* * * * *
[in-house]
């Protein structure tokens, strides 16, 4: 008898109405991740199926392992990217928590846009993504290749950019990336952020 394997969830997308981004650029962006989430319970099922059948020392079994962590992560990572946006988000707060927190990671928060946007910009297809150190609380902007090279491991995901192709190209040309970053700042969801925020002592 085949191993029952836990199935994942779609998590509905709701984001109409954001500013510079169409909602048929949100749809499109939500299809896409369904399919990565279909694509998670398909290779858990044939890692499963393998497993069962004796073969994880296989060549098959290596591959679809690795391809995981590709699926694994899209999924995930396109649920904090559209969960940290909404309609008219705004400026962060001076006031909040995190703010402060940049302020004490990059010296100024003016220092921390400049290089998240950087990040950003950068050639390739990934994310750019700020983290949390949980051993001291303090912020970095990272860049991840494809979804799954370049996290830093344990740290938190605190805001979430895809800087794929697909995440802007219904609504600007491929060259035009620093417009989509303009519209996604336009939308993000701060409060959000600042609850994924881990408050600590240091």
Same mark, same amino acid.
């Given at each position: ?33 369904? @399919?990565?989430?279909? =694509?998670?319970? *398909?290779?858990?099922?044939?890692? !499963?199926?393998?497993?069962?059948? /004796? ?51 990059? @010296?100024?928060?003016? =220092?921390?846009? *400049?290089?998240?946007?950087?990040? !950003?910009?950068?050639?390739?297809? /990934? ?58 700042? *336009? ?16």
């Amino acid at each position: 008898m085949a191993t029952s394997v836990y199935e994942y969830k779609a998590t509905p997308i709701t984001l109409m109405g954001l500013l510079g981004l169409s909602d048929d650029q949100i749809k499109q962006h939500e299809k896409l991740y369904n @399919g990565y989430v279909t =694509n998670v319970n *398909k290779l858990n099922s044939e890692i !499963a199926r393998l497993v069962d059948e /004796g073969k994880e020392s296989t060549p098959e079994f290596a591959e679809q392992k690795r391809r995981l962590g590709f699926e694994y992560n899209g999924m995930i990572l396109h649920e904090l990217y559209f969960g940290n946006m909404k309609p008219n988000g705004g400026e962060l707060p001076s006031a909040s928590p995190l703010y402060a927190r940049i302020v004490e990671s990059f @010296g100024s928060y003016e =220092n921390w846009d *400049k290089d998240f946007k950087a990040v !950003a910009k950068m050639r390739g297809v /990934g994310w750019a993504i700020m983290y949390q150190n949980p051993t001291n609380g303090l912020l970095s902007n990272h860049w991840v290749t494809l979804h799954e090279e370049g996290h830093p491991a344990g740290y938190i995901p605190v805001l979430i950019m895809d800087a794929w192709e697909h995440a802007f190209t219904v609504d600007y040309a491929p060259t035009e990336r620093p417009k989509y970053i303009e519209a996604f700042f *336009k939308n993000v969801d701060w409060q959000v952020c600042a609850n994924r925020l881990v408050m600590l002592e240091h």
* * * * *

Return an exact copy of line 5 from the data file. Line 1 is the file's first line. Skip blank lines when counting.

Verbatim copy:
């Amino acid at each position: 008898m085949a191993t029952s394997v836990y199935e994942y969830k779609a998590t509905p997308i709701t984001l109409m109405g954001l500013l510079g981004l169409s909602d048929d650029q949100i749809k499109q962006h939500e299809k896409l991740y369904n @399919g990565y989430v279909t =694509n998670v319970n *398909k290779l858990n099922s044939e890692i !499963a199926r393998l497993v069962d059948e /004796g073969k994880e020392s296989t060549p098959e079994f290596a591959e679809q392992k690795r391809r995981l962590g590709f699926e694994y992560n899209g999924m995930i990572l396109h649920e904090l990217y559209f969960g940290n946006m909404k309609p008219n988000g705004g400026e962060l707060p001076s006031a909040s928590p995190l703010y402060a927190r940049i302020v004490e990671s990059f @010296g100024s928060y003016e =220092n921390w846009d *400049k290089d998240f946007k950087a990040v !950003a910009k950068m050639r390739g297809v /990934g994310w750019a993504i700020m983290y949390q150190n949980p051993t001291n609380g303090l912020l970095s902007n990272h860049w991840v290749t494809l979804h799954e090279e370049g996290h830093p491991a344990g740290y938190i995901p605190v805001l979430i950019m895809d800087a794929w192709e697909h995440a802007f190209t219904v609504d600007y040309a491929p060259t035009e990336r620093p417009k989509y970053i303009e519209a996604f700042f *336009k939308n993000v969801d701060w409060q959000v952020c600042a609850n994924r925020l881990v408050m600590l002592e240091h």